14. Kent, J. A., Patel, V., & Varela, N. A. (2012). Gender disparities in health care. Mount Sinai Journal of Medicine, 79(5), 555–559.CrossRefGoogle Scholar
  15. Kessler, R. C., Barker, P. R., Colpe, L. J., Epstein, J. F., Gfroerer, J. C., Hiripi, E., et al. (2003). Screening for serious mental illness in the general population. Archives of General Psychiatry, 60, 184–189.CrossRefGoogle Scholar
  16. Locatelli, L., Boulnari, L., Pataky, Z., & Golay, A. (2017). When weight influences mental health and reciprocally. Revue Médicale Suisse, 13(5555), 643–646.Google Scholar
  17. Lofquist, D., Lugaila, T., O’Connell, M., & Feltz, S (2012). Households and Families: 2010 U.S. Census Bureau. pp. 1–21. Retrieved from
  18. Makara-Studzińska, M., Podstawka, D., & Goclon, K. (2013). Factors influencing self-perception of overweight people. Polski merkuriusz lekarski: organ Polskiego Towarzystwa Lekarskiego, 35(209), 313–315.Google Scholar
  19. Manuel, J. (2017). Racial/ethnic and gender disparities in health care use and access. Health Services Research. Scholar
  20. Materud, K., & Ulriksen, K. (2011). Obesity, stigma, and responsibility in health care: A synthesis of qualitative studies. International Journal of Qualitative Studies on Health and Well-being, 6, 8404.CrossRefGoogle Scholar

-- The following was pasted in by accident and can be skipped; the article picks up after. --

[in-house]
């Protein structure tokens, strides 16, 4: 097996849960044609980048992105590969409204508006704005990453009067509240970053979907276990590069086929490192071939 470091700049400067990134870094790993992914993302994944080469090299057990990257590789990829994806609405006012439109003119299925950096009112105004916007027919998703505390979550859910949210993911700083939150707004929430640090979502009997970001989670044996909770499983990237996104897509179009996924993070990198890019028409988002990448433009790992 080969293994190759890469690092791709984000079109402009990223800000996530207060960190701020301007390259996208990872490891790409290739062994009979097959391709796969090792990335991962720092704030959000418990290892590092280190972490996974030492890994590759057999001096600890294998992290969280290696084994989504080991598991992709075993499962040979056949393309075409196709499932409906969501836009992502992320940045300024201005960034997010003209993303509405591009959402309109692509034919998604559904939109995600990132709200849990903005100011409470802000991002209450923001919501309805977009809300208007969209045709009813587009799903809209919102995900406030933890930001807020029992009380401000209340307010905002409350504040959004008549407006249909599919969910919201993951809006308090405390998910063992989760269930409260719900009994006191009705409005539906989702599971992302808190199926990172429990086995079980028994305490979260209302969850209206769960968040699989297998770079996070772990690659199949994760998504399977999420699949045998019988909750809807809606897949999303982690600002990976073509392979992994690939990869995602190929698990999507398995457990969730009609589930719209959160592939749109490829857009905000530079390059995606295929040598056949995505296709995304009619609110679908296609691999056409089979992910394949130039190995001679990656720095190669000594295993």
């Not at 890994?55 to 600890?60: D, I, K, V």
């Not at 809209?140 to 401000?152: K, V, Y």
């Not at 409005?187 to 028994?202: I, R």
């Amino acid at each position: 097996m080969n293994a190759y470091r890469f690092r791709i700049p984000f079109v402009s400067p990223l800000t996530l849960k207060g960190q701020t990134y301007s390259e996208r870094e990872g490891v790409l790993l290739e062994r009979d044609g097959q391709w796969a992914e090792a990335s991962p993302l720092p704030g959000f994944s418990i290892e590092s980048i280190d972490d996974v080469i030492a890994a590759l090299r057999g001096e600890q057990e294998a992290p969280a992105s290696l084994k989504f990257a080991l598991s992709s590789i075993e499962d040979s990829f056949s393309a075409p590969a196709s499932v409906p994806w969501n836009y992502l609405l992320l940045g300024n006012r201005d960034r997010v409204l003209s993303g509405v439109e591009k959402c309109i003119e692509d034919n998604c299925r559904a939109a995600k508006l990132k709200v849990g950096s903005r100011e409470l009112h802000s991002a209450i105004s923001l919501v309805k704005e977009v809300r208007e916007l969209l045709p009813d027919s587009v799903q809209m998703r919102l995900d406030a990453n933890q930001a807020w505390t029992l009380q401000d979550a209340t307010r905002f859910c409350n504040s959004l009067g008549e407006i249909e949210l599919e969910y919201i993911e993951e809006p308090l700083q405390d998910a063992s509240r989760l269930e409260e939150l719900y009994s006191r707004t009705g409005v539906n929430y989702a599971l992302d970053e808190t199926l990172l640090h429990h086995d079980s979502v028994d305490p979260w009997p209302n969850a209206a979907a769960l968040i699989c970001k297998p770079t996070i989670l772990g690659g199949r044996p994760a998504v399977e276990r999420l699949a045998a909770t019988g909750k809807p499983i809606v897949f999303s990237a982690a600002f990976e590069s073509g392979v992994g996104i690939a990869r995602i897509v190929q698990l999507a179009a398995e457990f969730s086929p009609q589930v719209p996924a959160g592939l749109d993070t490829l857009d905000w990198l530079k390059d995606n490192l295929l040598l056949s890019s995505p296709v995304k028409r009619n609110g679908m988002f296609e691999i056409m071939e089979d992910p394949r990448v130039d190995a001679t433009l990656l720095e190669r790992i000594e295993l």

21. Ogden, L., Carroll, M., Fryar, C.D., & Fiegal, K.M. (2015). Prevalene of obesity among adults and youth: United States, 2011–2014. NCHS Data Brief. No.219.Google Scholar
  22. Parsons, V. L., Moriarity, C., Jonas, K., Moore, T. F., David, K. E., & Tompkins, L. (2014). Design and estimation for the national health interview survey, 2006–2015. Vital and Health Statistics. Series 2, Data evaluation and methods research. Hyattsville, MD: National Center for Health Statistics.Google Scholar
  23. Patenburg, B., Sikorski, C., Luppa, A., Schomerus, G., Konig, H. H., Werner, P., et al. (2012). Medical students’ attitudes towards overweight and obesity. PLoS ONE, 7(11), e4811–4813.Google Scholar
  24. Phelan, S. M., Burgess, D. J., Yeazel, M. W., Hellerstedt, W. L., Griffin, J. M., & van Ryn, M. (2015). Impact of weight bias and stigma on quality of care and outcomes for patients with obesity. Obesity Reviews, 16(4), 319–326.CrossRefGoogle Scholar
  25. Puhl, R., & Heuer, C. (2009). The stigma of obesity: A review and update. Obesity, 17(5), 941–964.CrossRefGoogle Scholar
  26. Ross, K. M., Shivy, V. A., & Mazzeo, S. E. (2009). Ambiguity and judgments of obese individuals: No news could be bad news. Eating Behaviors, 10, 152–156.CrossRefGoogle Scholar